June 14, 2021

Cruising With Kids in Alaska

Mushing with our kids on the Juneau Icefield

Cruising and kids make a perfect combination. As a travel writer, I take regular trips with my family and one of our favourite modes of travel is by cruise ship. Over the years Bill and I have taken our two boys on cruises to Europe, Hawaii, the Caribbean and through the Panama Canal, but the destination they are most familiar with is Alaska.

Unlike taking your children to a theme park for your family vacation, a cruise to Alaska is treating them to a big slice of real life.  Wildlife in fact.  Reid and John have had the opportunity to observe dolphins, orcas, humpback whales, sea otters and black bears – all in their natural habitat. With their dad they have rappelled down a granite rock face and ziplined above a forest canopy. The whole family has soared over spectacular fjords in a floatplane, hiked to pristine mountain lakes and cheered for “our team” at a lumberjack competition.

One of our most memorable excursions was landing by helicopter at a sled dog camp on the Juneau Icefield where we mushed with a team of huskies across the snow. If this doesn’t fulfill a child’s fantasy (or an adult’s for that matter) of what racing in the Iditarod feels like, nothing will. Upon returning to our Princess ship, we met former Iditarod champion Libby Riddles who had come aboard to give an afternoon talk. She answered all of the boys’ questions about sled dog racing and showed them the booties she makes for her dog’s paws.

If your ship pulls into Glacier Bay (which is a U.S. National Park & Preserve) park rangers come aboard to explain the dynamics of glaciers and the species of animals that inhabit the region. One of the rangers will spend time with the children on board, and throughout the cruise supervised activities often focus on the state’s natural wonders. Most large ships have extensive youth facilities and a trained staff to run a daily program of activities that cater to each age group. The minimum age for participating in youth programs is usually three years, with some cruise lines offering programs for passengers as young as two and others welcoming toddlers to the youth centre if accompanied by an adult. (Be sure to check these details with your travel agent, for they vary with each cruise line.)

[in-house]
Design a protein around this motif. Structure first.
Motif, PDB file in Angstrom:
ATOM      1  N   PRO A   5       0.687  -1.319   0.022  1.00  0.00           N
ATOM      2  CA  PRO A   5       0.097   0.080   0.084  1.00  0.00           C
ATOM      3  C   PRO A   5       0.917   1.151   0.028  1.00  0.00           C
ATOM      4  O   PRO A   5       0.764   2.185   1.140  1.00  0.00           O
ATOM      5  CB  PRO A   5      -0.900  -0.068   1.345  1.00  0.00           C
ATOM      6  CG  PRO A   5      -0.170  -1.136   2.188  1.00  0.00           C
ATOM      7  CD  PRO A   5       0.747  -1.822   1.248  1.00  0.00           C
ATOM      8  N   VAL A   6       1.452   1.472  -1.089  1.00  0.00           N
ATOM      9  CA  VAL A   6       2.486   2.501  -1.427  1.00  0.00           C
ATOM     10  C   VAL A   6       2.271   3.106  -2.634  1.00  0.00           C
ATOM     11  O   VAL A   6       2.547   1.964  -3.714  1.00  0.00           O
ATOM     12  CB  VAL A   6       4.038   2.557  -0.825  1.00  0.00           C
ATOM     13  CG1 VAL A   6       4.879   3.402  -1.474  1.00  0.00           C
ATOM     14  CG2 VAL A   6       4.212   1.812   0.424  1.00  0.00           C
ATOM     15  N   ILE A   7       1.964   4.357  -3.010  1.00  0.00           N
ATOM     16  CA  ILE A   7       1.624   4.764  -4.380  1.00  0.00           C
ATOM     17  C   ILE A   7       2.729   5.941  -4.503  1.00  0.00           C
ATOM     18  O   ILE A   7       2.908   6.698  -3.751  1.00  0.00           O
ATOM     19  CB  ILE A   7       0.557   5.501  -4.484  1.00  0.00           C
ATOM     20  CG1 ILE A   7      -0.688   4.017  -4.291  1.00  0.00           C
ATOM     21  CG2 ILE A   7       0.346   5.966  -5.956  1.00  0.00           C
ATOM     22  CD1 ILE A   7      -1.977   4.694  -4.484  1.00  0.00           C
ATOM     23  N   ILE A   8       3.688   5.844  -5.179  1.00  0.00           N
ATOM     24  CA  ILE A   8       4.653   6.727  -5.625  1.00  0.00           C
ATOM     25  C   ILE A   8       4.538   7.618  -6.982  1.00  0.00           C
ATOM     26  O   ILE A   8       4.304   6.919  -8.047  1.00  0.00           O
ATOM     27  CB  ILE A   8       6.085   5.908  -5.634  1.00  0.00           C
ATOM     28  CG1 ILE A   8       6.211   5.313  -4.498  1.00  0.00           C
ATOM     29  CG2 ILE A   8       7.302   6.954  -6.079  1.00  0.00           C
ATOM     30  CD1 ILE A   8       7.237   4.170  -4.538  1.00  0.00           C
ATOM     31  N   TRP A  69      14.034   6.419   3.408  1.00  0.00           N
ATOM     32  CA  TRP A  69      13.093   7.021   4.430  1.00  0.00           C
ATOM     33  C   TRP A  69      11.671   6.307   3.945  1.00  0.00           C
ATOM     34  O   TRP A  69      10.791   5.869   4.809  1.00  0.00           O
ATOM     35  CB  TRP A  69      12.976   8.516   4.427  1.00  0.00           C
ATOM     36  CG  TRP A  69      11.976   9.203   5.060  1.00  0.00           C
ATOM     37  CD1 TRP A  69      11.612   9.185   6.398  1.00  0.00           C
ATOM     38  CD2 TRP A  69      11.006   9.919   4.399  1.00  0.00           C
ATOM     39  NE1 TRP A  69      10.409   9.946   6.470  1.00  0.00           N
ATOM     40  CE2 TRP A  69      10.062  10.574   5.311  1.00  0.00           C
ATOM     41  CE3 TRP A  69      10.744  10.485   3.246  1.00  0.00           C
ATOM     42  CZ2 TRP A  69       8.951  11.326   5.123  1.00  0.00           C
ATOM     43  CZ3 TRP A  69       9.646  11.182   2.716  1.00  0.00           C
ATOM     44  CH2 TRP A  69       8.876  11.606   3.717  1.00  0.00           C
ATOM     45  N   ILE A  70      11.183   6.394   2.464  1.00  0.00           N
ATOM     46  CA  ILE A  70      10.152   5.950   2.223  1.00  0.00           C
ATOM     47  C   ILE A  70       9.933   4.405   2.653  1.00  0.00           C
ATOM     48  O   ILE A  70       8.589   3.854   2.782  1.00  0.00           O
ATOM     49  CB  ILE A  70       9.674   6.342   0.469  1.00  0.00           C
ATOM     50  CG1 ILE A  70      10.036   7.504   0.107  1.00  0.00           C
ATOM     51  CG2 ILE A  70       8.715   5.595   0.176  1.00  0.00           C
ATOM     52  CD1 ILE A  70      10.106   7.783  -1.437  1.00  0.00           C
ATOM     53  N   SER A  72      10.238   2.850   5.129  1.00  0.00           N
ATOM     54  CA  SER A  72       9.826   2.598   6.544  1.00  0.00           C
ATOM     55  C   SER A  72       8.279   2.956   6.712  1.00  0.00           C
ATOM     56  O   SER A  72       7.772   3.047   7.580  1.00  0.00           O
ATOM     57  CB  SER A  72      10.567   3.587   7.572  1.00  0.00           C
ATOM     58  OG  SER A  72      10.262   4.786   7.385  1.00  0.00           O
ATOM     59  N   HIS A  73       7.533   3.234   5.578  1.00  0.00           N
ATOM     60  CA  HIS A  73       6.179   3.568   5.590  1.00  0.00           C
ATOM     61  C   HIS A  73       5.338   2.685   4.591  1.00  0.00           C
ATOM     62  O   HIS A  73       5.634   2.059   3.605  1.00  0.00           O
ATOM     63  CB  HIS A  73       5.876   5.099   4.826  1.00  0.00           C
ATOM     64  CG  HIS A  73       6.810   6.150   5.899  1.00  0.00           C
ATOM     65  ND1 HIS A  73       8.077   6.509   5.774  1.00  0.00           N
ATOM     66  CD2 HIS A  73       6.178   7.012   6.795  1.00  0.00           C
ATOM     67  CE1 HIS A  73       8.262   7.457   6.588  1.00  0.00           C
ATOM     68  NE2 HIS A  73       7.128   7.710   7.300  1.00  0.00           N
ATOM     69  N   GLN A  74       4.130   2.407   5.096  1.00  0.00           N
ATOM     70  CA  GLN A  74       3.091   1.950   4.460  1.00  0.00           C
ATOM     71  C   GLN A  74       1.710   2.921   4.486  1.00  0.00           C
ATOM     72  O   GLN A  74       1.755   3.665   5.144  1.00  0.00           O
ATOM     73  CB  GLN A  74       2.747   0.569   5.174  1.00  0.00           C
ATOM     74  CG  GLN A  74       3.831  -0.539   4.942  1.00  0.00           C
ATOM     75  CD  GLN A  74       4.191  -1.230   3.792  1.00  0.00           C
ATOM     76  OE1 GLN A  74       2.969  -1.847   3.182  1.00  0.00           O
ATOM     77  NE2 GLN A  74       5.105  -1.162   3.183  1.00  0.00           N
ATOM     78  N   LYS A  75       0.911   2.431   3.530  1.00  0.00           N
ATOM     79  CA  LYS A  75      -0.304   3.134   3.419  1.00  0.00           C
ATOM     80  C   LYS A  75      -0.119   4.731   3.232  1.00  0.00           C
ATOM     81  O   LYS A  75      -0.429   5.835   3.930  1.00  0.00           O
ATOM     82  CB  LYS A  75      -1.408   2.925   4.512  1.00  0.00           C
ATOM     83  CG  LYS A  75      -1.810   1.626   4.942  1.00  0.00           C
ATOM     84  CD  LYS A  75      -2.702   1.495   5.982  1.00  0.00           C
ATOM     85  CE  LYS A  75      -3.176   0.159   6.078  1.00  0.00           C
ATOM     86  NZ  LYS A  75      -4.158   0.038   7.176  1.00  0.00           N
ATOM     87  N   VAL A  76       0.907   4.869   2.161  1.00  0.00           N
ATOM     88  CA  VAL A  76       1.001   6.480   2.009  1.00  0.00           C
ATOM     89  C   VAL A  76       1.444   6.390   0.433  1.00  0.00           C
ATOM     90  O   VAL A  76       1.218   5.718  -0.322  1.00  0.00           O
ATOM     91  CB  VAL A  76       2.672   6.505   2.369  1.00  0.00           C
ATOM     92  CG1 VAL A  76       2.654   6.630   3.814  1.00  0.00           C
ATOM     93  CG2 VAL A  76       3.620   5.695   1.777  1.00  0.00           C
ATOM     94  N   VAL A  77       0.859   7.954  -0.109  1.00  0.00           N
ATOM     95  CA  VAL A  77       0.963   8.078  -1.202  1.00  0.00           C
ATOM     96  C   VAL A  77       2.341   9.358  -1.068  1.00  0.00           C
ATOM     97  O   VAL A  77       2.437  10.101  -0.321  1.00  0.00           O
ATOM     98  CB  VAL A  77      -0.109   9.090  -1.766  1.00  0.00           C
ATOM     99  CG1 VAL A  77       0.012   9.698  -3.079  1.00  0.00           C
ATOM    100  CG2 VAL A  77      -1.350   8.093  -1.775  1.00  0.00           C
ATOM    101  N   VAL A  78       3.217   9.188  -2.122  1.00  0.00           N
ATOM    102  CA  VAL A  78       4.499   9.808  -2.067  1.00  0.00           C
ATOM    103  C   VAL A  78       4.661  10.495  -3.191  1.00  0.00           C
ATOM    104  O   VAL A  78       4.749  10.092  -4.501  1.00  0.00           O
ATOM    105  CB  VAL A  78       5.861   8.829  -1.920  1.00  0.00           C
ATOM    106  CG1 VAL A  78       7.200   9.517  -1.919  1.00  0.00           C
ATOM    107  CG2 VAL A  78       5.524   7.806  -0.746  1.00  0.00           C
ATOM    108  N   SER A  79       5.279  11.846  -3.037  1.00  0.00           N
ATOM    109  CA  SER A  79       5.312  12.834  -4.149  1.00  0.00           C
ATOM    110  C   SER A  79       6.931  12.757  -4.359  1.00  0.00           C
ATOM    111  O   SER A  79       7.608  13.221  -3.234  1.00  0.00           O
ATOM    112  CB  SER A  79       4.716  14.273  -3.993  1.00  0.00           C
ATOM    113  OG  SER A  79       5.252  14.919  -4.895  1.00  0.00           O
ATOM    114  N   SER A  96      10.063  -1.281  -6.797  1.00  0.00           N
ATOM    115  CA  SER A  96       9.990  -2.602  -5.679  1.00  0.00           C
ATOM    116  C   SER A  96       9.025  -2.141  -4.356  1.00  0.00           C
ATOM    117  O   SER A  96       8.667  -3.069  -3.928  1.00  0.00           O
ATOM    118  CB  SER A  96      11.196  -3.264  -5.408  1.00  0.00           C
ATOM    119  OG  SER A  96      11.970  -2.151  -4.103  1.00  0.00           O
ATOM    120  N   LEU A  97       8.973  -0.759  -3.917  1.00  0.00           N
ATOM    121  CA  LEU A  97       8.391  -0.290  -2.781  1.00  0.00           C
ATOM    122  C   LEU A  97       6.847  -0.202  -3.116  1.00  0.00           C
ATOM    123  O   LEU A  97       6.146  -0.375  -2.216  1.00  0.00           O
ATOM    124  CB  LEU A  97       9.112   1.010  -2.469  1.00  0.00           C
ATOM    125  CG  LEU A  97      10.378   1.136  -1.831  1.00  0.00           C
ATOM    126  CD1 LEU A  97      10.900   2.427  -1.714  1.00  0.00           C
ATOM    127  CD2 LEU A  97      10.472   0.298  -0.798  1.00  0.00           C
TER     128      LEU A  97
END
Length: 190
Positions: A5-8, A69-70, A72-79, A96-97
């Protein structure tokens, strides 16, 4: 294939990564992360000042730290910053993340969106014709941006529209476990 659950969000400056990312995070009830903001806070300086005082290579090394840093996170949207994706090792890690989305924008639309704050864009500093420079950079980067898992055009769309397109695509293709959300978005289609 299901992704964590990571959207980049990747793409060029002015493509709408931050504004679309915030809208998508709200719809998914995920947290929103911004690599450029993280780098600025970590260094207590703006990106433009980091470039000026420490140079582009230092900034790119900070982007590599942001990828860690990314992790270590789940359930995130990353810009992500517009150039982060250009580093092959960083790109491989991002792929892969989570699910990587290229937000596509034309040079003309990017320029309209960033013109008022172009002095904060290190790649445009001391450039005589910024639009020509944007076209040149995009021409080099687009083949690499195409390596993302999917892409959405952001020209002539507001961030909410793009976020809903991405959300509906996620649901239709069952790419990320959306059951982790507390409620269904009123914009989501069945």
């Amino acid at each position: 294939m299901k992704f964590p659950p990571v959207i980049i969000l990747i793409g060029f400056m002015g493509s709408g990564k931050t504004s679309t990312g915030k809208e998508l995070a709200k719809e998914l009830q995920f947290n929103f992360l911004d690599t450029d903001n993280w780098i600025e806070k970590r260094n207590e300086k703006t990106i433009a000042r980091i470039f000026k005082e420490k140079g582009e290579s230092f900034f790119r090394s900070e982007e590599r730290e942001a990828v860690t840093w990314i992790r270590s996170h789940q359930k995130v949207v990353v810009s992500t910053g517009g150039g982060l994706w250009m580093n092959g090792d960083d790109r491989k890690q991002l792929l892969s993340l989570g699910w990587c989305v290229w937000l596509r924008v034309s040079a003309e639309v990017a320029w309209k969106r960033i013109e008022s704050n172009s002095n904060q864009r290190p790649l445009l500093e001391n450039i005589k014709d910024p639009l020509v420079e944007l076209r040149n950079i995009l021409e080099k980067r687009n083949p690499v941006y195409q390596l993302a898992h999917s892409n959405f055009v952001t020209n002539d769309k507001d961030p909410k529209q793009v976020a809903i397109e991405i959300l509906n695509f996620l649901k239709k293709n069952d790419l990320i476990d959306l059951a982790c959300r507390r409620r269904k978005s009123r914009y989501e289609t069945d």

We’ve been cruising with our two boys since they were babies and they have enjoyed every cruise they’ve been on, at every stage in their young lives. The lure of the playroom, with its supervised games and other fun activities, has given way to dropping into the youth centre to play video games with likeminded teens. But it’s Alaska’s shoreside attractions that really stand out in their minds, for that’s where the adventure part of the cruise begins.

Some ships offer a few shore excursions specifically geared to kids but most excursions can be enjoyed by the whole family. These include canoeing, sea kayaking and rock climbing in a mountain pass near Skagway.  Forest hikes can be enjoyed with an organized group or on your own.  At Juneau, for example, you can take the tramway to the top of Mount Roberts for spectacular views and a selection of hiking trails.

In Ketchikan a fun event for families is the lumberjack show, in which two teams pit their logging skills against one another. These crowd-pleasing contests include pole climbing and log rolling. A popular eco-adventure in Ketchikan is the Bear Creek Zipline Course, which accommodates kids five and up on its cable ziplines, suspension bridge, mountain slide and tarzan-style swing.

When everyone returns to the ship after an active day in port, the evening promises elegant dining and live entertainment for the adults while the ship’s youth counsellors keep the kids entertained in their own fun zone. If a magician or juggler is performing in the show theatre that evening, the whole family will enjoy the act – we always do.

 

 

 

 

 

 

About Anne Vipond

Anne Vipond is the author of several guidebooks to cruising destinations around the world. She draws on an extensive sailing background to impart her enthusiasm for cruise travel. From her home port of Vancouver, she travels by cruise ship to a wide range of destinations to keep her books current and useful for her cruise readers. Her cruising articles have been published in magazines and newspapers throughout North America and over seas.